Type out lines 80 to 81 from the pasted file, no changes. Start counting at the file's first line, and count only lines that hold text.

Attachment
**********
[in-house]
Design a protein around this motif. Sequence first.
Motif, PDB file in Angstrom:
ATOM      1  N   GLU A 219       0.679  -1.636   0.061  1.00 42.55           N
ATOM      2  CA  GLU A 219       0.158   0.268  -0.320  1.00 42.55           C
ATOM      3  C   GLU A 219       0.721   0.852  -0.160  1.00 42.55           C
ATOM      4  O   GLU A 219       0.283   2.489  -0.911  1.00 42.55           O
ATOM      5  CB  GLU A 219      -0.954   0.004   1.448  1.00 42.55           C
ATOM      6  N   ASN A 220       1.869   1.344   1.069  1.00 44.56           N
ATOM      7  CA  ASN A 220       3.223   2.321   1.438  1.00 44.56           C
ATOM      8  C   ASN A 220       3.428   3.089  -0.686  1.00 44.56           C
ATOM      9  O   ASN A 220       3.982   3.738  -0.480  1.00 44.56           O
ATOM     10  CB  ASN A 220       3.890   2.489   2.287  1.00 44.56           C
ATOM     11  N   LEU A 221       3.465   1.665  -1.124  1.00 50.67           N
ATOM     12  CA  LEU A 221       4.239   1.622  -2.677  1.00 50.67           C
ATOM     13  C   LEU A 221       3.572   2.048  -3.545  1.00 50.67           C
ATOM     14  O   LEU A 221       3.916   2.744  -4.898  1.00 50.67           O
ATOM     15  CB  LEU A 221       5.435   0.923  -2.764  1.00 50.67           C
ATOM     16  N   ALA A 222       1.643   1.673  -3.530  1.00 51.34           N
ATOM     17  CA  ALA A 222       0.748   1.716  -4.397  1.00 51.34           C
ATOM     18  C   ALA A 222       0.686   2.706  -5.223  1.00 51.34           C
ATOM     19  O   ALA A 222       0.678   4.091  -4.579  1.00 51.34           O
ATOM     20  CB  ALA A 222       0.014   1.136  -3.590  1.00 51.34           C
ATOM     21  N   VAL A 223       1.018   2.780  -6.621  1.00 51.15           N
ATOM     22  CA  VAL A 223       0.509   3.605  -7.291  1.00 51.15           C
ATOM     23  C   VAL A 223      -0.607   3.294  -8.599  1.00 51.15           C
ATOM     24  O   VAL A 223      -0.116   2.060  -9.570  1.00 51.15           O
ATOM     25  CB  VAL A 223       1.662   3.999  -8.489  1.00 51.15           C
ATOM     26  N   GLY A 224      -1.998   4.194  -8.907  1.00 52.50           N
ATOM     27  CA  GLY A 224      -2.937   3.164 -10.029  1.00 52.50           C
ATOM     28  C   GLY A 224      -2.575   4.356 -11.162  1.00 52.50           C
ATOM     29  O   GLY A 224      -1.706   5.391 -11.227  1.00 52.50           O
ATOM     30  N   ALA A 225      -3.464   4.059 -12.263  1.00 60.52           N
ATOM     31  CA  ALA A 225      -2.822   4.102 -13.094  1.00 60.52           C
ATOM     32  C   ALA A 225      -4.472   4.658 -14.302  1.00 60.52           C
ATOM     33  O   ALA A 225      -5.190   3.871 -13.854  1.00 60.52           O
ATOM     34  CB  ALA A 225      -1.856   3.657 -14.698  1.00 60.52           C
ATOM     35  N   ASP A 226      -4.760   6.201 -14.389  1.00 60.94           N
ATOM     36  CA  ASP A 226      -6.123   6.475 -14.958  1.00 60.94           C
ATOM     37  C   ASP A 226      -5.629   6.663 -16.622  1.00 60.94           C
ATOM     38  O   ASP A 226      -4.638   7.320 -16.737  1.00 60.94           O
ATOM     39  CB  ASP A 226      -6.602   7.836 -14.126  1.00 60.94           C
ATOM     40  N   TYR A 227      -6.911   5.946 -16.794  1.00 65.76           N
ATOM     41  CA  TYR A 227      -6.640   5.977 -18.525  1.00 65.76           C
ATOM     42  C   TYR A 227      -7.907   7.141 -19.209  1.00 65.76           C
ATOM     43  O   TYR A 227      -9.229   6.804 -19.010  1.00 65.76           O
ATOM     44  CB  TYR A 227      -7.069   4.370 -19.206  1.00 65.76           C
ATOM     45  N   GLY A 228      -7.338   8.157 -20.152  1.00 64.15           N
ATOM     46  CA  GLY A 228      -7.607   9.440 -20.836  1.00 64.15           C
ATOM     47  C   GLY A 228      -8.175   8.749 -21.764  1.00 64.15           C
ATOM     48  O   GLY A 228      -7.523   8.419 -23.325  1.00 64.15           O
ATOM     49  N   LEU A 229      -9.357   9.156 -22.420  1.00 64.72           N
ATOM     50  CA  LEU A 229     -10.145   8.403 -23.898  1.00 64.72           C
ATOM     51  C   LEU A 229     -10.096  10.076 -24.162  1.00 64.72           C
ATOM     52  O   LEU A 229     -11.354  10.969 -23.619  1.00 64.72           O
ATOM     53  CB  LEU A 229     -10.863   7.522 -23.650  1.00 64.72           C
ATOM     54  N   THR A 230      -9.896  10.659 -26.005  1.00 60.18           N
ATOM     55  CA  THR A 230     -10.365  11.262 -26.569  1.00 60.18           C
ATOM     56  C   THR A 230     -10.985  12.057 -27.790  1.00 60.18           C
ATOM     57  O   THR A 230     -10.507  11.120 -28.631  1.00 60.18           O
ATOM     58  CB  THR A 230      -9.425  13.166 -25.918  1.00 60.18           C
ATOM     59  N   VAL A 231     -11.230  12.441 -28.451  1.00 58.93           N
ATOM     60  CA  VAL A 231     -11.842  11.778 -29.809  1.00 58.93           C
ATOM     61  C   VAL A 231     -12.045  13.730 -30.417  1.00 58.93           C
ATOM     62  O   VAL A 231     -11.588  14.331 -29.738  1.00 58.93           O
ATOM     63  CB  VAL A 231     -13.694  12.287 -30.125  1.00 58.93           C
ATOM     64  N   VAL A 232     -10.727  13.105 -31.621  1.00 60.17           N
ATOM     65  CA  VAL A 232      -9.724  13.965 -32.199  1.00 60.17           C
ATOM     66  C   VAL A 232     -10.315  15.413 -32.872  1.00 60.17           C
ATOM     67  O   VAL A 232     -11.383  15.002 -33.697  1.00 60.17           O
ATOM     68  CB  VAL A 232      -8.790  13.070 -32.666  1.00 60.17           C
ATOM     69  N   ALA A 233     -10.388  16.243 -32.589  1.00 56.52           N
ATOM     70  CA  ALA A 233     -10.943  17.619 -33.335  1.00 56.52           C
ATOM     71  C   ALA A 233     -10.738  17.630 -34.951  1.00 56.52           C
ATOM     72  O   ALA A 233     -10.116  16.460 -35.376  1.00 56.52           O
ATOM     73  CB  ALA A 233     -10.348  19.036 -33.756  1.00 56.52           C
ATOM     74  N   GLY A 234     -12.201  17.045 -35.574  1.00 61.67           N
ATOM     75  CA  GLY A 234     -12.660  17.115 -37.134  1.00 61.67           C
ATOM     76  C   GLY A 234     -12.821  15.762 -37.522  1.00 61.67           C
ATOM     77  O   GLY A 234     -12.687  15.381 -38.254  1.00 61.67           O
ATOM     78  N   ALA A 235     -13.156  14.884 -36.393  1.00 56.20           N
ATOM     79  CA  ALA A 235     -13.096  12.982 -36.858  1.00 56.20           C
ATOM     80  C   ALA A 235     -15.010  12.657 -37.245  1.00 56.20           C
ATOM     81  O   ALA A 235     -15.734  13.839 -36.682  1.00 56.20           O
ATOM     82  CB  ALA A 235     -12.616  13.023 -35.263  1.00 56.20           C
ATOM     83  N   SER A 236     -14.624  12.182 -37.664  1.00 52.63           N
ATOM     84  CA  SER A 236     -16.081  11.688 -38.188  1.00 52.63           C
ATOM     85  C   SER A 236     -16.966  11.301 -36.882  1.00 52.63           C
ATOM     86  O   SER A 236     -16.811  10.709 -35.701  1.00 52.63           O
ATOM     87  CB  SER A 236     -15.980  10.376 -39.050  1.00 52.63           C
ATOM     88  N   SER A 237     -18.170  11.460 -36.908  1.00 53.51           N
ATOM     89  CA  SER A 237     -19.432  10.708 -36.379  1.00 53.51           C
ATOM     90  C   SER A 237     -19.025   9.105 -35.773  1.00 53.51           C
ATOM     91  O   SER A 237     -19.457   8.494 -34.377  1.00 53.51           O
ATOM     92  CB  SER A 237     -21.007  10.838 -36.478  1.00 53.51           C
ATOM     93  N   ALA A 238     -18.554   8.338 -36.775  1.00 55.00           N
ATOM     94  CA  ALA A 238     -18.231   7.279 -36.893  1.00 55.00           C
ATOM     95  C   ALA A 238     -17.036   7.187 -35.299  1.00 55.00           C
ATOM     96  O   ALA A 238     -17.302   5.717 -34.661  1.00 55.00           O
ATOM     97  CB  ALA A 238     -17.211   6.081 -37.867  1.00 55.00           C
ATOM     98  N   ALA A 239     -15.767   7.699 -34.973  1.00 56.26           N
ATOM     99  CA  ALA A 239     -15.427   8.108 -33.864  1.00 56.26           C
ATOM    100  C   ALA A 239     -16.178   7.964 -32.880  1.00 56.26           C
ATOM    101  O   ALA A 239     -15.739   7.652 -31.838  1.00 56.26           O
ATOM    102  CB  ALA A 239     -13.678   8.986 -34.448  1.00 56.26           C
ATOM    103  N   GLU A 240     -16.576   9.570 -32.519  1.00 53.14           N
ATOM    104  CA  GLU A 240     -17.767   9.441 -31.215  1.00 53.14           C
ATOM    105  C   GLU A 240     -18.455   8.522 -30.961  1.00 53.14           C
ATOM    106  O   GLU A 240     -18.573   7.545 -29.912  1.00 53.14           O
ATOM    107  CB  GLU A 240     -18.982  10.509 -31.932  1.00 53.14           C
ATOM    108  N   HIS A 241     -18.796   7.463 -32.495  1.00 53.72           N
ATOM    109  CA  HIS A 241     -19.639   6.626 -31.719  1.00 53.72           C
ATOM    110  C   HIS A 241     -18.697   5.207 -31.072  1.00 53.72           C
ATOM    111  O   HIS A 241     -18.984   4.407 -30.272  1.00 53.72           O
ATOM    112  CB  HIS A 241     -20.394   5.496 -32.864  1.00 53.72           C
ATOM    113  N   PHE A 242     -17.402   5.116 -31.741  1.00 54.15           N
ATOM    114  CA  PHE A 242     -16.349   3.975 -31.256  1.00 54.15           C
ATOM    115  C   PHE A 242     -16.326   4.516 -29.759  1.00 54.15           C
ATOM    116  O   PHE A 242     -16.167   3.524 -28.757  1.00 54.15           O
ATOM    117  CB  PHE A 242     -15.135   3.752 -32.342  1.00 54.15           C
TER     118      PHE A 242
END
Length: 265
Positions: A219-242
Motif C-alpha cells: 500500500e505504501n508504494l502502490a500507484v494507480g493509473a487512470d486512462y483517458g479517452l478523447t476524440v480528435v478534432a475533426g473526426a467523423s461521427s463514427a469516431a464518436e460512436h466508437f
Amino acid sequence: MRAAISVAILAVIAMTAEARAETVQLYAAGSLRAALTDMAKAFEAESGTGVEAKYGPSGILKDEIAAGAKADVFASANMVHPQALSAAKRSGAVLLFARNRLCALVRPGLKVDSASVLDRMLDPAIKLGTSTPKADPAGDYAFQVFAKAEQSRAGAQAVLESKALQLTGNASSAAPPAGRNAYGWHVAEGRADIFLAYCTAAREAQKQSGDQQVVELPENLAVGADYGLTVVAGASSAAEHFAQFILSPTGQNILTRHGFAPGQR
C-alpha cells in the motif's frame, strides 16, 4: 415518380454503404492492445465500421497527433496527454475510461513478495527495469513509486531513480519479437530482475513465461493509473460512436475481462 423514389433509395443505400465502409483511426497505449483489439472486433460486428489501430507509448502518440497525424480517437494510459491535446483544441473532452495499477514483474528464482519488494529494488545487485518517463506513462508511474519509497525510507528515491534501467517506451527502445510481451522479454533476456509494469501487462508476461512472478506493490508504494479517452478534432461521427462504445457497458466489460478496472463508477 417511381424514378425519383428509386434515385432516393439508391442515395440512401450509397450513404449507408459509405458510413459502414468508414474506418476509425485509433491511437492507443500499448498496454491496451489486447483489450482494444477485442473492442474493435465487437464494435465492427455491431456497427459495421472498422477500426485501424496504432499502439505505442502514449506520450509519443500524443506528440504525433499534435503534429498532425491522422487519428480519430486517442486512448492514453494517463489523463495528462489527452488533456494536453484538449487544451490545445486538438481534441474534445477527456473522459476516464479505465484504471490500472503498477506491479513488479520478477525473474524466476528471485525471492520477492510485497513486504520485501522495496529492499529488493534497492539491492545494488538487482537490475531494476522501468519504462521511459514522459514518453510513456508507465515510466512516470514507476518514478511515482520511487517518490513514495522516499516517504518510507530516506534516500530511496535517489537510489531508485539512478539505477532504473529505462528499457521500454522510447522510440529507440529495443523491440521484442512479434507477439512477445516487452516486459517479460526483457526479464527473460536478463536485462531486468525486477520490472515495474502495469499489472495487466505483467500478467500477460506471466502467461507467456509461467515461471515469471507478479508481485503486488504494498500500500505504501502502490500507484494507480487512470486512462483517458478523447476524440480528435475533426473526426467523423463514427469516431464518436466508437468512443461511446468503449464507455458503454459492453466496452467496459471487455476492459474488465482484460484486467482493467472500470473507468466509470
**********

ATOM     77  O   GLY A 234     -12.687  15.381 -38.254  1.00 61.67           O
ATOM     78  N   ALA A 235     -13.156  14.884 -36.393  1.00 56.20           N